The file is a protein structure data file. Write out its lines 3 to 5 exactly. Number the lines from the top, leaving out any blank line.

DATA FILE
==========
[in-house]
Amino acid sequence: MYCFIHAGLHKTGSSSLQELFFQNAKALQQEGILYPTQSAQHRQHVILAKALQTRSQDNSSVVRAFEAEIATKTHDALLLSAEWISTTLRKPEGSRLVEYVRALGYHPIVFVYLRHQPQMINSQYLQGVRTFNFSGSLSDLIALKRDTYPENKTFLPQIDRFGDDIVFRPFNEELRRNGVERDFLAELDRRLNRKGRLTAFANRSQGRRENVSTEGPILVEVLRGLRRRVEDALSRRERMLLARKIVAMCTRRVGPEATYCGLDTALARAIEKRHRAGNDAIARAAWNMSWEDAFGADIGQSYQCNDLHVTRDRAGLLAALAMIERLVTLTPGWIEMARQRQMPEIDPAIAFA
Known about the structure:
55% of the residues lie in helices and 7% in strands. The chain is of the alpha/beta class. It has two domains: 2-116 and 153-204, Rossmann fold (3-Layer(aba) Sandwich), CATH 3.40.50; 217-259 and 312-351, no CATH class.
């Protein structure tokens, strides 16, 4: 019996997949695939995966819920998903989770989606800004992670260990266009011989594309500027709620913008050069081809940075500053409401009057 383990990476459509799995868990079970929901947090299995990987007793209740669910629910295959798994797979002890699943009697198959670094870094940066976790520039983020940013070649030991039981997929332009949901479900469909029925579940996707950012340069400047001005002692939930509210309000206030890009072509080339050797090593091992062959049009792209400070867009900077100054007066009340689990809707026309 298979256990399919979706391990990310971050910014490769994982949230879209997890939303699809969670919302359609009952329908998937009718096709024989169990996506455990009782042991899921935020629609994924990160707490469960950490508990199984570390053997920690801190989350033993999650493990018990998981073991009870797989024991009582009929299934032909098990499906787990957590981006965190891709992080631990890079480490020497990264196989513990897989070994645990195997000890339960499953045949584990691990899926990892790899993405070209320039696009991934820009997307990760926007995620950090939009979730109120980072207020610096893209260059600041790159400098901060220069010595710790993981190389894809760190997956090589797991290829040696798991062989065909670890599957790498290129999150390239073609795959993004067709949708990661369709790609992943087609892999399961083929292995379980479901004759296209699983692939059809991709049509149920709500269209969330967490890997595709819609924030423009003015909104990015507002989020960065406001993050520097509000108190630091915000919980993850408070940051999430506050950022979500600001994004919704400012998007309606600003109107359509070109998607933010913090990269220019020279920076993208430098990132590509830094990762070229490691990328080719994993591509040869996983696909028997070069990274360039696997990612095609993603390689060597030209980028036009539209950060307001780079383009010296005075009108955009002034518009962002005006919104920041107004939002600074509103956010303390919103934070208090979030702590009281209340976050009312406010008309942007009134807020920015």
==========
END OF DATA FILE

Known about the structure:
55% of the residues lie in helices and 7% in strands. The chain is of the alpha/beta class. It has two domains: 2-116 and 153-204, Rossmann fold (3-Layer(aba) Sandwich), CATH 3.40.50; 217-259 and 312-351, no CATH class.
């Protein structure tokens, strides 16, 4: 019996997949695939995966819920998903989770989606800004992670260990266009011989594309500027709620913008050069081809940075500053409401009057 383990990476459509799995868990079970929901947090299995990987007793209740669910629910295959798994797979002890699943009697198959670094870094940066976790520039983020940013070649030991039981997929332009949901479900469909029925579940996707950012340069400047001005002692939930509210309000206030890009072509080339050797090593091992062959049009792209400070867009900077100054007066009340689990809707026309 298979256990399919979706391990990310971050910014490769994982949230879209997890939303699809969670919302359609009952329908998937009718096709024989169990996506455990009782042991899921935020629609994924990160707490469960950490508990199984570390053997920690801190989350033993999650493990018990998981073991009870797989024991009582009929299934032909098990499906787990957590981006965190891709992080631990890079480490020497990264196989513990897989070994645990195997000890339960499953045949584990691990899926990892790899993405070209320039696009991934820009997307990760926007995620950090939009979730109120980072207020610096893209260059600041790159400098901060220069010595710790993981190389894809760190997956090589797991290829040696798991062989065909670890599957790498290129999150390239073609795959993004067709949708990661369709790609992943087609892999399961083929292995379980479901004759296209699983692939059809991709049509149920709500269209969330967490890997595709819609924030423009003015909104990015507002989020960065406001993050520097509000108190630091915000919980993850408070940051999430506050950022979500600001994004919704400012998007309606600003109107359509070109998607933010913090990269220019020279920076993208430098990132590509830094990762070229490691990328080719994993591509040869996983696909028997070069990274360039696997990612095609993603390689060597030209980028036009539209950060307001780079383009010296005075009108955009002034518009962002005006919104920041107004939002600074509103956010303390919103934070208090979030702590009281209340976050009312406010008309942007009134807020920015």